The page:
Tackles above the waist will be banned at the 2023 Rugby World Cup if a trial of new safety-focused laws are successful, World Rugby have announced.
Six new closed trials, including a reduction in the legal tackle height, have been approved by World Rugby's executive committee, with tackling the main focus of the trails in a bid to reduce head injuries.
Tackles account for 50 percent of injuries and 76 percent of concussions, according to a comprehensive evaluation by the Law Review Group.
Tackles above the shoulder are illegal in the sport, but an introduction of the trials would reduce that height to the waist and below.
"World Rugby is unwavering in its commitment to ensuring rugby is as simple and safe to play as possible for all," World Rugby Chairman Sir Bill Beaumont said in a statement. "While injury incidence in the sport is not increasing and concussion incidence is decreasing, we can and must do more to reduce injuries at all levels"
"Approval of these law trials represents another important step on the road to further law improvement within the next four-year Rugby World Cup cycle.
"Significantly, these trials have injury-prevention at their core, but there are also clear benefits to improving the spectacle for player, match officials and fans. I look forward to seeing them progress in closed domestic environments."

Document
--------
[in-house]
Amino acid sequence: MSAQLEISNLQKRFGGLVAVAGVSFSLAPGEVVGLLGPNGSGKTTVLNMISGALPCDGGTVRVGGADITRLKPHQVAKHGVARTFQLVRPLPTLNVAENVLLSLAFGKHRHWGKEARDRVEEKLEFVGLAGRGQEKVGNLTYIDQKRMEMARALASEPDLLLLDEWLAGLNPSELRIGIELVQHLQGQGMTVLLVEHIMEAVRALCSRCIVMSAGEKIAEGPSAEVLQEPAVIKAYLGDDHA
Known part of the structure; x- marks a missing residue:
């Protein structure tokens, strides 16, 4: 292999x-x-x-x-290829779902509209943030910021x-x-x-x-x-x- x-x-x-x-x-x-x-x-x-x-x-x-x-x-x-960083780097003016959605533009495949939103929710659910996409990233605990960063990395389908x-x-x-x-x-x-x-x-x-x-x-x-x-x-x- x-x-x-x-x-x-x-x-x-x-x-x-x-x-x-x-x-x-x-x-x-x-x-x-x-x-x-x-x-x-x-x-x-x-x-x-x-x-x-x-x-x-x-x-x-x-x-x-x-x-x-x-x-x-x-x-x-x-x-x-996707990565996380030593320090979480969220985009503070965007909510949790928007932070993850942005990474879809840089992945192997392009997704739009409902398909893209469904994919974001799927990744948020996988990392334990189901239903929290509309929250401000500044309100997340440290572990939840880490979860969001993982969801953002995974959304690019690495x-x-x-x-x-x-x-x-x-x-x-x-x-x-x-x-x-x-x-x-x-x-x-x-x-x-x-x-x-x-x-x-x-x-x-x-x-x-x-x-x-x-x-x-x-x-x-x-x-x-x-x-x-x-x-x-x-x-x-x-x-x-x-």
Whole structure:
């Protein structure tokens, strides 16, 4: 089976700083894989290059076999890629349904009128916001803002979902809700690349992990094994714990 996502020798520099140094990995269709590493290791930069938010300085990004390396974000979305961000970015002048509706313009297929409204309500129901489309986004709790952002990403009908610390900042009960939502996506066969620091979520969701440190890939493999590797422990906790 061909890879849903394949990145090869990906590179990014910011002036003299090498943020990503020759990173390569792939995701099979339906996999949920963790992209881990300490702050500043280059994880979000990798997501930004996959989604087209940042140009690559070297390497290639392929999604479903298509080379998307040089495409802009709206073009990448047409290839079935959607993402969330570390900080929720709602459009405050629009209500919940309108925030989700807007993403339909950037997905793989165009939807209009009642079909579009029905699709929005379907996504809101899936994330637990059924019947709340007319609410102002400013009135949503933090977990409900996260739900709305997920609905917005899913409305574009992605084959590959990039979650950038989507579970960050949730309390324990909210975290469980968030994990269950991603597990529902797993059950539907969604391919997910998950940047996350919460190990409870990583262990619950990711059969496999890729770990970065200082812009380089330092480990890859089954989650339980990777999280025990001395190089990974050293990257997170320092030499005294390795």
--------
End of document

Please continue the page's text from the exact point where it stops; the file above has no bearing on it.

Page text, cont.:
The other five closed trials approved by World Rugby include a review of yellow cards while a player is in the sin-bin and the introduction of an infringement limit for teams.
A 50:22 kick rule will also be trialed, meaning that if a team in possession kicks the ball from inside their own half indirectly into touch inside their opponents' 22 or from inside their own 22 into their opponents' half, they will throw in to the resultant lineout.
World Rugby said that the rule is aiming to create space by forcing players to drop back out of the defensive line in order to prevent their opponents from kicking for touch.
Another trial will mean that a goal-line drop-out will be awarded to the defending team when an attacking player, who brings the ball into in-goal, is held up in a bid to reward good defence and promote a faster rate of play.